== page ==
Sunday, March 19, 2017

Producing Live Video Announcements (with students running the show)

If you'd like to increase student engagement in morning announcements, perhaps consider live video announcements.

We've been producing live video announcements two ways, using a Tricaster and a couple of cameras or using free software (Open Broadcaster Software) and webcams. The latter way is much less expensive, but requires a little more tweaking to get similar results.

In either case, we are having elementary students run the show. Currently I'm doing most of the setup and pre-production, but hopefully we'll have students doing that soon as well. During the newscast there are usually two anchor persons (students as young as grade two), sometimes a sportscaster (a staff member in our case), two students controlling slideshows (teleprompter and background), and a student running the video switcher.

The step-by-step technical details of how this is all set up and operated will be subject of future blog posts, but for now here's an overview of things to consider.

While a newscast like this can be done with a single camera, having two or three makes it a little more interesting. You can have one set up as a standard shot of your anchor person(s), perhaps head and shoulders, medium, or cowboy. Another camera can be pointed a different direction for your sports or weather person. And I sometimes like having a "behind the scenes" camera that we broadcast before the start of the show to give students an idea of what the production process looks like.

Mics are an often-overlooked (underheard?) part of a production. We use a couple of condenser microphones on scissor arm stands, and some inexpensive handheld mics if necessary. These are connected to a physical sound mixer with phantom power and USB out, but that may be more than is necessary.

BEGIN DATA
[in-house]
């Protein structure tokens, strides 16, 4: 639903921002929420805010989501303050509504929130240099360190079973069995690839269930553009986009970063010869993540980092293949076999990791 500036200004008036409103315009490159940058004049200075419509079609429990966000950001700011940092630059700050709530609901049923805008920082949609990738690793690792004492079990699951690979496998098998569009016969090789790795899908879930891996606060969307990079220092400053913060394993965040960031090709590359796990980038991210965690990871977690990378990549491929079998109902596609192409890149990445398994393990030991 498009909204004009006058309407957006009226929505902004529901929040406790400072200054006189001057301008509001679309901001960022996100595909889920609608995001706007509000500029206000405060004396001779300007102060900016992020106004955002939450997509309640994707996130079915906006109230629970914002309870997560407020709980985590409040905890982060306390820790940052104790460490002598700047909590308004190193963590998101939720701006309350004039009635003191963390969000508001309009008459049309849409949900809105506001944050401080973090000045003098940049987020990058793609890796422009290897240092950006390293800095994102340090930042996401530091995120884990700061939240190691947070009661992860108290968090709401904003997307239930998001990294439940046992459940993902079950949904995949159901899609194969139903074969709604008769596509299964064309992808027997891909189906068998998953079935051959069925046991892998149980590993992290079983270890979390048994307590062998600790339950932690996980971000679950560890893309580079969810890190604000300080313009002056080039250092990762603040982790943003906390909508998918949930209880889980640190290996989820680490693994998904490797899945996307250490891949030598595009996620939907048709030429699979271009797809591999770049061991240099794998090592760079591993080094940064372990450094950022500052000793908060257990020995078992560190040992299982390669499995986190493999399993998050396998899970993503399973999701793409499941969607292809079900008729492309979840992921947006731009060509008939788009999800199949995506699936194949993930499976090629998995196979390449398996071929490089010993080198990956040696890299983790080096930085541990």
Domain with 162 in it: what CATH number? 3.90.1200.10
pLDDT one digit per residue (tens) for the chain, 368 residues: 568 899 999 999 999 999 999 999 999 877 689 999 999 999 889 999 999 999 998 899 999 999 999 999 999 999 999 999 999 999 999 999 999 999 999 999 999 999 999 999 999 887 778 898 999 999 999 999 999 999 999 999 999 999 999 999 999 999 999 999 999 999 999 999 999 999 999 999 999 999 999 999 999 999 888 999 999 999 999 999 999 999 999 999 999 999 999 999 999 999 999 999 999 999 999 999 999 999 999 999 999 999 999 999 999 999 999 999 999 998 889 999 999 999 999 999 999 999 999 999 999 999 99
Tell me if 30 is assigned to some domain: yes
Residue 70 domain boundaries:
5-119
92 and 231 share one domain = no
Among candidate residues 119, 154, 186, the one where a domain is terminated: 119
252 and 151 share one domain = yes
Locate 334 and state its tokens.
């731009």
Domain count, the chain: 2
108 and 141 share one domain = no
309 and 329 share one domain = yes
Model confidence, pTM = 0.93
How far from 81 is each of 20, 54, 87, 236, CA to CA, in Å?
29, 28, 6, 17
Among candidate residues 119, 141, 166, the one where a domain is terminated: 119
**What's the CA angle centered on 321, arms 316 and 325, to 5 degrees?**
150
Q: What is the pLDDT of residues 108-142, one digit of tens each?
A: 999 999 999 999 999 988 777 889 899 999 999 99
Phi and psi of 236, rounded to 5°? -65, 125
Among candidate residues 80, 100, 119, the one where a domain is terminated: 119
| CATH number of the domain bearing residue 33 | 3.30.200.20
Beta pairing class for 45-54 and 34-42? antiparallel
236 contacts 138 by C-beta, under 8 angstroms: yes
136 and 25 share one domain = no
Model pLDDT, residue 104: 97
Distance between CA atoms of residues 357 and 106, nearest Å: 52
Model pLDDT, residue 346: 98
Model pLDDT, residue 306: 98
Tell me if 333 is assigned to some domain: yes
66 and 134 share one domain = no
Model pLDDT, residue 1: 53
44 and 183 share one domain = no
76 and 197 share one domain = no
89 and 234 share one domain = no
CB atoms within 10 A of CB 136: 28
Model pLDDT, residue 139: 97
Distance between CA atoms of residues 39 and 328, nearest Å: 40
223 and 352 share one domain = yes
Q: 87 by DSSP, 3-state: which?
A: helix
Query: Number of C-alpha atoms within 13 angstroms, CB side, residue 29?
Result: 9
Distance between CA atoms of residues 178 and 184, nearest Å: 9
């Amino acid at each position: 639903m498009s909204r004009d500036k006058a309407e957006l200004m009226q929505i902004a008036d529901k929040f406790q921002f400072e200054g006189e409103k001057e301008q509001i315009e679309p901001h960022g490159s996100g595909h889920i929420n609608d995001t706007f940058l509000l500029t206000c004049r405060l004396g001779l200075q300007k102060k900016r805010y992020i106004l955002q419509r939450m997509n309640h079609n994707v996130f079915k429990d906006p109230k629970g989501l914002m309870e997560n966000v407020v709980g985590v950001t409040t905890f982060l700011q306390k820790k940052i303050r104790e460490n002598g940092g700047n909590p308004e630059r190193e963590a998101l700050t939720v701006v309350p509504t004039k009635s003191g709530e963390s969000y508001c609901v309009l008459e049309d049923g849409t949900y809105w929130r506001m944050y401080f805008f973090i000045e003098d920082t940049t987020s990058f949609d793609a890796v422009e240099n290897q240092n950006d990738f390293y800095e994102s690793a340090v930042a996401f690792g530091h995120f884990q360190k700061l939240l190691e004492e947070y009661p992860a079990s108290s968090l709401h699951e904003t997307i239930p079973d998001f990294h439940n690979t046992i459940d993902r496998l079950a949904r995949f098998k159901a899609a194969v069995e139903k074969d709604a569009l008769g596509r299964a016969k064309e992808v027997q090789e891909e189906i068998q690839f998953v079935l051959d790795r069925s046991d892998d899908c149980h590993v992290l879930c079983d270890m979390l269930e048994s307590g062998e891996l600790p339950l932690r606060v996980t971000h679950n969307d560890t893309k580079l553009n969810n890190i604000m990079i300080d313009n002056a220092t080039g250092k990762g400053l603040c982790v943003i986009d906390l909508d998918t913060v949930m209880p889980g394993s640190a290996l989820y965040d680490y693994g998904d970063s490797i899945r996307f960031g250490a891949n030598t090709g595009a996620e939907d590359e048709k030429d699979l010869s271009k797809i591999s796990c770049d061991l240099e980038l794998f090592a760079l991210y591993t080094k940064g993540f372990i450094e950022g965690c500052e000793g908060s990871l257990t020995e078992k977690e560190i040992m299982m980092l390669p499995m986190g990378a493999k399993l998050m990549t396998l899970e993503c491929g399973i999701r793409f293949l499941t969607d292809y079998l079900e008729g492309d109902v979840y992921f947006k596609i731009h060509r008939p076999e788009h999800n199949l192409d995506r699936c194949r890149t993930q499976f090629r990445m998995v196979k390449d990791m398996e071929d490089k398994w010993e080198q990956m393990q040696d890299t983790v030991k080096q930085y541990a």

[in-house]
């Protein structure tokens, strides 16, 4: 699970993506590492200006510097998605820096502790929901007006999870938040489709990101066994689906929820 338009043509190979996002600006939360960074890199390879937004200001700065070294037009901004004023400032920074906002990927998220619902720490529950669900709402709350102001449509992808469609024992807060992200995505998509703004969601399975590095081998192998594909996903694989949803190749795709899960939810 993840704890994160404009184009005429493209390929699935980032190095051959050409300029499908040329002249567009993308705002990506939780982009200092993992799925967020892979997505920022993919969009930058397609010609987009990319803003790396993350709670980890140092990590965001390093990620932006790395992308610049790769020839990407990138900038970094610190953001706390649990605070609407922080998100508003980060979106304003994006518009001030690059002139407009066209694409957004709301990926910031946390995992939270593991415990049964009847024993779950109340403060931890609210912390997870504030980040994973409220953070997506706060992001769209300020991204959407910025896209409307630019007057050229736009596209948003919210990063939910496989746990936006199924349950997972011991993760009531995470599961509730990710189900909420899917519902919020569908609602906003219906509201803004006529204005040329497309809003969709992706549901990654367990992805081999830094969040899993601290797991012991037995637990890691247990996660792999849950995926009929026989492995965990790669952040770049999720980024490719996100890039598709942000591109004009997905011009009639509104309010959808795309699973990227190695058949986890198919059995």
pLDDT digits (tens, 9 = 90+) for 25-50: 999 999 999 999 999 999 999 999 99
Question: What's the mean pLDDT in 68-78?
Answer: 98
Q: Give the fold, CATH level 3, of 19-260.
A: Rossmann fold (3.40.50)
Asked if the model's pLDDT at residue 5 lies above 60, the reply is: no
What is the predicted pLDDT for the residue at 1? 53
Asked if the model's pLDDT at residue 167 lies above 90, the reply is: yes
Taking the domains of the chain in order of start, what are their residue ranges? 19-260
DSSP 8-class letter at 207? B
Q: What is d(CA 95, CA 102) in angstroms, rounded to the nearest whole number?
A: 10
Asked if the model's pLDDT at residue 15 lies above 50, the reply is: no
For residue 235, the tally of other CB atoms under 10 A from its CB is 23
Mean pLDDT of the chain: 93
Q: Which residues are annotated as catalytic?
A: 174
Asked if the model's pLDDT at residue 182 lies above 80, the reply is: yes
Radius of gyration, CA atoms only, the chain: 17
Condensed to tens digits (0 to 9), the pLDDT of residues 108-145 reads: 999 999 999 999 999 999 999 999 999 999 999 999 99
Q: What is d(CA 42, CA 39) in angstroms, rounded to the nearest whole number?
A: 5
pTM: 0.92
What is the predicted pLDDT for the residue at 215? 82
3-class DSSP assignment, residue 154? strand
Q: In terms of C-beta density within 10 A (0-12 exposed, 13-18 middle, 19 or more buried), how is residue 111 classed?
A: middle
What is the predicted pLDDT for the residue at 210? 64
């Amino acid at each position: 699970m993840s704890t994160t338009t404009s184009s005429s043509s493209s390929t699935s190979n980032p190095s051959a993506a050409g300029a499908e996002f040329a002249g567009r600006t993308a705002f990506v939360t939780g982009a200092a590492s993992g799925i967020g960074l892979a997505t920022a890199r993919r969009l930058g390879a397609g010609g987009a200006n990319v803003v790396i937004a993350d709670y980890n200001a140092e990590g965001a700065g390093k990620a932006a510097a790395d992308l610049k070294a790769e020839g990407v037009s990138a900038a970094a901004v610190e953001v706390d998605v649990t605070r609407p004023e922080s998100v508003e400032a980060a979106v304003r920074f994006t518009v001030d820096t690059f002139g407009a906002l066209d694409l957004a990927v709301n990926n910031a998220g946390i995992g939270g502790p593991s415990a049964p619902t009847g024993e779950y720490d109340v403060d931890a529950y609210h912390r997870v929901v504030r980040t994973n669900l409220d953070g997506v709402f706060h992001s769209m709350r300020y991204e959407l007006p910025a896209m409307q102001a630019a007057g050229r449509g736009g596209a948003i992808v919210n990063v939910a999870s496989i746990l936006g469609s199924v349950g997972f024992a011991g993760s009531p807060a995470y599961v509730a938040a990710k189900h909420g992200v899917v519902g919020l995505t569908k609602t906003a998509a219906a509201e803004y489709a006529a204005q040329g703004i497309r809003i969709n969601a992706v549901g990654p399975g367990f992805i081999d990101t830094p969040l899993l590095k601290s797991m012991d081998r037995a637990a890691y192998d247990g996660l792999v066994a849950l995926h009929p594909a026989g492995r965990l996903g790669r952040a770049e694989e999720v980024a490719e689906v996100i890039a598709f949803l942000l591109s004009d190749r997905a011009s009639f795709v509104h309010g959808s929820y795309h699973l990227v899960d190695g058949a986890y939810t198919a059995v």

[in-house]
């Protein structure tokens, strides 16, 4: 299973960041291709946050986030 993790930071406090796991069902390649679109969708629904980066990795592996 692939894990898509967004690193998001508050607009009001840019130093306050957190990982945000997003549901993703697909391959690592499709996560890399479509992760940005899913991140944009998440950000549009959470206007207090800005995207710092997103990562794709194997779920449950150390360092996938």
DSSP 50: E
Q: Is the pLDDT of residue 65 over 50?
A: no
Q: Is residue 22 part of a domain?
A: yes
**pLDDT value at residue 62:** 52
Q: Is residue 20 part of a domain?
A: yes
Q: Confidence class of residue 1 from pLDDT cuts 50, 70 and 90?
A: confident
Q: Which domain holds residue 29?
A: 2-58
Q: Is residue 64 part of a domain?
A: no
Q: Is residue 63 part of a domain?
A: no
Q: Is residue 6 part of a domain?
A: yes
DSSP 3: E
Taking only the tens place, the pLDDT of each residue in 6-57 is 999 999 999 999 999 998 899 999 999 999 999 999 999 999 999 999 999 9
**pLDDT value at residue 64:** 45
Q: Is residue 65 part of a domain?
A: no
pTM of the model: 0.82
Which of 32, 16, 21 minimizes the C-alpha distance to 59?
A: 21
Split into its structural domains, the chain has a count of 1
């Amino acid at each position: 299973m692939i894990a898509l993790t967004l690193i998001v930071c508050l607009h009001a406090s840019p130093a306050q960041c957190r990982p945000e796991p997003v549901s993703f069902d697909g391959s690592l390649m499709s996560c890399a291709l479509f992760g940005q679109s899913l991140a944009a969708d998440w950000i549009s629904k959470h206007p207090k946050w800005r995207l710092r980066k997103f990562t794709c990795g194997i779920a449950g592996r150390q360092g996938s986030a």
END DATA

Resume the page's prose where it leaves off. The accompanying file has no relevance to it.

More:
We've set up an old computer monitor just under the main camera, and connected a laptop. There's a student controlling the slideshow on the laptop, the words on the slides are color-coded for each of the anchor persons.

Background Slides
There is also a student controlling a laptop with background slides that appear behind or over the shoulder of the anchors.

Before the announcements actually begin, we've started streaming either a live behind-the-scenes camera or student artwork. We're also streaming creative commons music (currently selections from the YouTube audio library). This allows teachers to have the broadcast up on the screen and make sure the video and audio are working before the broadcast begins.

Video Interstitials
We usually start the actual newscast with a brief "news intro" video, we'll play a national anthem video that we've created or a creative commons one that we've cued up.

Chroma Keying
Usually the anchors and/or sportscasters are standing in front of a green or blue screen that we then digitally replace with a virtual set or some other interesting background. We're still working on getting the lighting right for that, but it currently doesn't look too bad.

Streaming Destination
After investigating a number of options, we've decided to use YouTube Live. It's easy to set up new channels and add managers as required. Of course for any publicly available streaming destination you'll need parents/guardians to sign a media release form.

Getting to the Audience
All of our staff members were provided with a short URL that directed to the live channel. They bring that up on their screens on the mornings when we are broadcasting. We also stream it to the hallway TVs using Chromecast devices and AirParrot.

That's a quick overview of what the production process looks like. I'll update this post with links to how we do this use a TriCaster and with Open Broadcaster Software once I've written those posts. Let me know in the comments if you'd like more details or clarification on any of these points.

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